When you hear the word rumble strips, do you think of those semi-deep grooves that you’re not supposed to drive over on highways? Well let it be music to your hears to learn that aside from being solutions to calm traffic and prevent accidents, rumble strips are becoming instruments for ingenious purposes.

Songs in the Key of Vroom!

Also known as sleeper lines or alert strips, they are a road safety feature that makes a load rumbling sound when driven over. Meant to prevent someone from speeding or someone who is falling asleep from having an accident (hence the name “sleeper lines”), they also bring noisy unwanted attention to people who are trying to cut in line of traffic on highways.

The First: 1995

The road-as-an-instrument concept was invented in October 1995 by two Danish artists named Steen Krarup Jensen and Jakob Freud-Magnus, with their “Asphaltophone,” comprised of raised pavement markers that are more closely related to Botts’ dots than rumble strips.

Musical roads are known to exist in four countries: Denmark, Japan, South Korea, and the United States of America.

  • “The William Tell Overture” – Lancaster
  • “Mary Had a Little Lamb”. South Korea
  • “Happy Birthday to You”. Indonesia
  • “America the Beautiful”. New Mexico
  • “Ode To The Motherland”. Beijing
  • “Road 67”. Hungary
  • “Shiretoko Love Song”- Japan
Pictured: Ikatacho Melody Line Roadside Station Seto Agricultural Park (Licensed through Adobe Stock).

There’s a great clip from National Geographic about this ingenious and melodic way of encouring drivers to obey the speed limit.

So far, only 2 U.S. states make use of a music road. California in the city of Lancaster (plays “William Tell Overture” at 55mph) and between Albuquerque and Tijeras in Mexico (plays “America The Beautiful” at 45 mph).

Have Been Known To Annoy

As ingenious as it is creative, musical roads may be fun for some, but may not be the right solution for every use case.

For instance the first musical road in America, that was created in Lancaster, California, was a failure. Local residents complained about the noise, and drivers reported more cacophony than music. Officials paved over it and later installed a new road farther away that’s still not perfect, but can be enjoyed nonetheless.

For Them To Work

As someone with experience working with big brands on Out-of-Home advertising (known as OOH) campaigns, I think musical roads are definitely a part of the future of real-world advertising. However, road contractors, highway engineers, and urban planners will first have to do some proofs. Studies and demonstratable examples will need to define the optimal locations and musical settings that will give towns the best bang for their buck with no regrets. As for how many studies and examples would be needed to prove the value that musical roads can bring will depend on the towns themselves.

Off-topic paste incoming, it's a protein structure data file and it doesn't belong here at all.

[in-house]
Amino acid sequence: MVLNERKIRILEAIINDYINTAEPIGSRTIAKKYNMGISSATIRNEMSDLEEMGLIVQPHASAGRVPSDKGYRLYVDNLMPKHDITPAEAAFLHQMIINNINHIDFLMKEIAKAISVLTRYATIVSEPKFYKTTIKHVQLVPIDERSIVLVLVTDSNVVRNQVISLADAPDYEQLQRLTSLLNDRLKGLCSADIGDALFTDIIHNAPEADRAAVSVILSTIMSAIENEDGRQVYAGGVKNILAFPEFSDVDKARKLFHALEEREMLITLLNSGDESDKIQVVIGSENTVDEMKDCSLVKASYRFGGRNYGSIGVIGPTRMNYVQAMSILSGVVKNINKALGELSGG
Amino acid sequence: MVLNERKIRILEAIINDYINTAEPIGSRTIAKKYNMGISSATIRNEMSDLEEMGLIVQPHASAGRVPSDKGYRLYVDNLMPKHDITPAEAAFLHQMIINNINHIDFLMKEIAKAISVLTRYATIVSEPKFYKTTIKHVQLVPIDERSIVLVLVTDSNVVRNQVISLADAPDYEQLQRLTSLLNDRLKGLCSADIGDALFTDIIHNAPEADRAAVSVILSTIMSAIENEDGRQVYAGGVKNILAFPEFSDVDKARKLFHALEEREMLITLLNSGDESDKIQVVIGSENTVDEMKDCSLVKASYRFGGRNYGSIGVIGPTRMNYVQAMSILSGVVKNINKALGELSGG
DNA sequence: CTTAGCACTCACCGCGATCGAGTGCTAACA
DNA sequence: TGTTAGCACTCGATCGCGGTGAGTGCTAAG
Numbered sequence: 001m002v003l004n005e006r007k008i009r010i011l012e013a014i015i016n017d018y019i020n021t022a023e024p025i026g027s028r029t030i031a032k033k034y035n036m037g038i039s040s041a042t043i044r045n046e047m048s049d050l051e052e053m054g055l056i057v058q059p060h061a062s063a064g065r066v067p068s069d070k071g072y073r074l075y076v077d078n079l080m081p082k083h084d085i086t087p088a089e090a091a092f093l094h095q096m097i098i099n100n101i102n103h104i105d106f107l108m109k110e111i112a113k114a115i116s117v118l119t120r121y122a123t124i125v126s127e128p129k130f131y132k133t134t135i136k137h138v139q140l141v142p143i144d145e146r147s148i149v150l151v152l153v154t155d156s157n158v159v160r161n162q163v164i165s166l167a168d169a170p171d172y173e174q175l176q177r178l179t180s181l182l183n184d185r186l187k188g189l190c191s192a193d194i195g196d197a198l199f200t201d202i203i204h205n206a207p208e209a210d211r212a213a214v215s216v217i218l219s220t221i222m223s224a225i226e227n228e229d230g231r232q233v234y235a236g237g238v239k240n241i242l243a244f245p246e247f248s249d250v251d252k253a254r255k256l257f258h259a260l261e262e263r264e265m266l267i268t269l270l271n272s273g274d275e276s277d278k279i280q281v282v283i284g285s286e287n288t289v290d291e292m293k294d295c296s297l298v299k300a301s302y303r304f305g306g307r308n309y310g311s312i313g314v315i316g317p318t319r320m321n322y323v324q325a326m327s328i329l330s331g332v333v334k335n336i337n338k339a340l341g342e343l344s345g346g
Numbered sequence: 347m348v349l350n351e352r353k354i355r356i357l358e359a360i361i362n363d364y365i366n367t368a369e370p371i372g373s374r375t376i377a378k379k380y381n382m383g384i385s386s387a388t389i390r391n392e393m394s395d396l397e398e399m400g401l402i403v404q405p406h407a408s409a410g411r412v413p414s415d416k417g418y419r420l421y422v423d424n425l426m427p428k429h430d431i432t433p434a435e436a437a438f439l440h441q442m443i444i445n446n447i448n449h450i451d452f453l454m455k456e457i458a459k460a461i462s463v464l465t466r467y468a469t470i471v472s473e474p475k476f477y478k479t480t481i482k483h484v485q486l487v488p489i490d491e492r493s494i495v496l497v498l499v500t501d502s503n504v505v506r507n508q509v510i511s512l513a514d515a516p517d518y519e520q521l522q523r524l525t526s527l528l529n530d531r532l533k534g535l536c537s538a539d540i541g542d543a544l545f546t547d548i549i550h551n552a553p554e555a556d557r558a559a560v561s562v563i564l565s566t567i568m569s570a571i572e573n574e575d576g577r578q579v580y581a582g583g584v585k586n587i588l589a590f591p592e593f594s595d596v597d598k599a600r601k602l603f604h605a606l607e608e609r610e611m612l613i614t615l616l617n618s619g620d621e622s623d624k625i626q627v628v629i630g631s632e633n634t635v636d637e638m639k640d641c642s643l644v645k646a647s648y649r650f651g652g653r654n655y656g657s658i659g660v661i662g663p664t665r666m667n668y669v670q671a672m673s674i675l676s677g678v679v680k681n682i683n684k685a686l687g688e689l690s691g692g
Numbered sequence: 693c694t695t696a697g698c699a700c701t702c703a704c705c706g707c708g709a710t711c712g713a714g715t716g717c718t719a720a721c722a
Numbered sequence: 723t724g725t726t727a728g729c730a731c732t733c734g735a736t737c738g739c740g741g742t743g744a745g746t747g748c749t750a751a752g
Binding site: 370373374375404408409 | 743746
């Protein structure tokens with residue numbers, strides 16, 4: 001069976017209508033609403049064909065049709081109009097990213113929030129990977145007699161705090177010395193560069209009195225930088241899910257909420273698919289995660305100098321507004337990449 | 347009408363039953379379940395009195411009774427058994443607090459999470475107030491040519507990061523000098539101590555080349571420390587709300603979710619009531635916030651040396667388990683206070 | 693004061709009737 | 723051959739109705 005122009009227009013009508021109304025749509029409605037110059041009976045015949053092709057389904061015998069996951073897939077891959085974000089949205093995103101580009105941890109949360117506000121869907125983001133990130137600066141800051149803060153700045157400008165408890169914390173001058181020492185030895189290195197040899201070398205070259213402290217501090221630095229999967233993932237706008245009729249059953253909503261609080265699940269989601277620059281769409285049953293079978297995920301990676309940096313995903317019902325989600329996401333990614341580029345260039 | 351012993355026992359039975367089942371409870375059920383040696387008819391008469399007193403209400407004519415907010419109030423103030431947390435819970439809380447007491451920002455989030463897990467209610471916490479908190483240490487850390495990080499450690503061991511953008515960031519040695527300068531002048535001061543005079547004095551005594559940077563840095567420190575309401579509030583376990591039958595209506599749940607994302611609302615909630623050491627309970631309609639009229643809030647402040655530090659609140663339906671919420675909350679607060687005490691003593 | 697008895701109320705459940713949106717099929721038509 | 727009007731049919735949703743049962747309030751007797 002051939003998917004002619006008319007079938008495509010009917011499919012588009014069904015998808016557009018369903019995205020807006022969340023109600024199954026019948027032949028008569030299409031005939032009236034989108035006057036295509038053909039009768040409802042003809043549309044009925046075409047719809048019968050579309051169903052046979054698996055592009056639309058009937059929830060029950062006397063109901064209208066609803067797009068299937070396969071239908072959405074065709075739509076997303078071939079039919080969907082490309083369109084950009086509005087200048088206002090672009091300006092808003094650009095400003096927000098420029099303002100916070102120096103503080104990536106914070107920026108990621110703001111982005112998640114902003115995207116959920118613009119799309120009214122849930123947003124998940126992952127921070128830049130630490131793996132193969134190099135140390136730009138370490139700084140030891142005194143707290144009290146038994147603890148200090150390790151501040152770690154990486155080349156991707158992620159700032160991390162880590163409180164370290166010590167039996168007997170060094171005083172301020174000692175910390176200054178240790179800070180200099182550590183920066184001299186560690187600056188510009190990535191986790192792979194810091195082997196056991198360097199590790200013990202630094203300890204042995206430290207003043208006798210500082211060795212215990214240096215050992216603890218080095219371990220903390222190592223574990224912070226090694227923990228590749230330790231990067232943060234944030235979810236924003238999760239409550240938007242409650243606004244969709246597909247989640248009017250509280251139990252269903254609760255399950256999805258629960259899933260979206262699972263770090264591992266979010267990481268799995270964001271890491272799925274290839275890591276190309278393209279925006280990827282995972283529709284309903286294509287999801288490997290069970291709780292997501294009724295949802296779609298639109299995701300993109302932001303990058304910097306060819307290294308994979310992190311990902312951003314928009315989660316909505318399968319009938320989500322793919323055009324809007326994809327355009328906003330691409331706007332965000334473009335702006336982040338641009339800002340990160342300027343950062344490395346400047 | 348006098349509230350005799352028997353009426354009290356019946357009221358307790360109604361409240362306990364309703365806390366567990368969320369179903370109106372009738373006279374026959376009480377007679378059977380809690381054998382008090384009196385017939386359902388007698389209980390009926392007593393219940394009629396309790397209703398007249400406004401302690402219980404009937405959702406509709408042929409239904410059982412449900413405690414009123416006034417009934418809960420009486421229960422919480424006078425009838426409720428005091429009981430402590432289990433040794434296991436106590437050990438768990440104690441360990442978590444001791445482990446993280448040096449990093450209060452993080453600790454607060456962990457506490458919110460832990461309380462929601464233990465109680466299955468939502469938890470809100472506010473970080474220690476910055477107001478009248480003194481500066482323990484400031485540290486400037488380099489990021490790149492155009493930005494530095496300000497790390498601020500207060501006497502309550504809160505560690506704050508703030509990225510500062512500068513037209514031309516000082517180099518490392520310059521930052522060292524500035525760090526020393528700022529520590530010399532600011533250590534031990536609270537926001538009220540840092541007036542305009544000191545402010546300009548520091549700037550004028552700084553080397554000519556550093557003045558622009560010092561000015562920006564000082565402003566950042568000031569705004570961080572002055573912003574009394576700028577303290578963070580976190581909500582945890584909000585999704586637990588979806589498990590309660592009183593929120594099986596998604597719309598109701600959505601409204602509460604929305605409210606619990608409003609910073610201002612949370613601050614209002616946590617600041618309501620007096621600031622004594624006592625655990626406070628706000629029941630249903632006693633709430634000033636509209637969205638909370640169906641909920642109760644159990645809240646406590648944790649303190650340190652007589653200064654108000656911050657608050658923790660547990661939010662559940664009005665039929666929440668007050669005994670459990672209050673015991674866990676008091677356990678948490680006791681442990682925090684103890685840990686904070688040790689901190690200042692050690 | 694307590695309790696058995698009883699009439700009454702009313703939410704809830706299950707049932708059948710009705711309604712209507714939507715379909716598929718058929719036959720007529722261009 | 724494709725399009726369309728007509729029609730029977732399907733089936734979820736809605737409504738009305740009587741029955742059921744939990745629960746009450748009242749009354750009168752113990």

Since the Village of Tinley Park’s brand is centered around music, a musical road would be relevant should the village, residents, or an outside contractor propose one. A tuneful strip of road for those entering & exiting town sounds like a sweet idea to me. Melody Drive has a nice ring to it, no? It would also compliment Tinley’s existing pubic art project Benches on the Avenue.

Even if music is a part of the culture of town, getting the support to fund this kind of road work will understandly be tough for most towns because this is a vanity purchase. The potential of dividends is not enough to win a vote. Examples where value is being added without bringing harm to the auditory environment (look into noise pollution) will be crucial for this harmony seeking concept.

Would You Vote For One In Your Town?

Survey For Locals

If Tinley Park made a musical road, what song should the road play?

The famous rock band Phish, paid homage to Tinley Park with an improvised song at the August 14, 1993 Phish concert at what used to be called the World Music Theatre (now known as the Hollywood Casino Amphitheater) entitled: Tinley Park Jam.

And which road?

Downtown Tinley (up and down that stretch of Oak Park Avenue) is one idea for the spot. How about that strip of highway on I-80, to let drivers know they are passing under Tinley Park and are getting close to the concert venue? Or maybe that bit of La Grange Road between 191st and 171st might be good at deterring late night racing past the Harley Davidson Store.

If Tinley doesn’t host the melodious drive, another nearby town that could pull it off could be Joliet. They have some new branding and marketing iniatives in which Route 66 figures, so it may be logical to follow New Mexico’s suite and have something sweet playing on Joliet’s strip of the historic highway.

Sound off in the comments.

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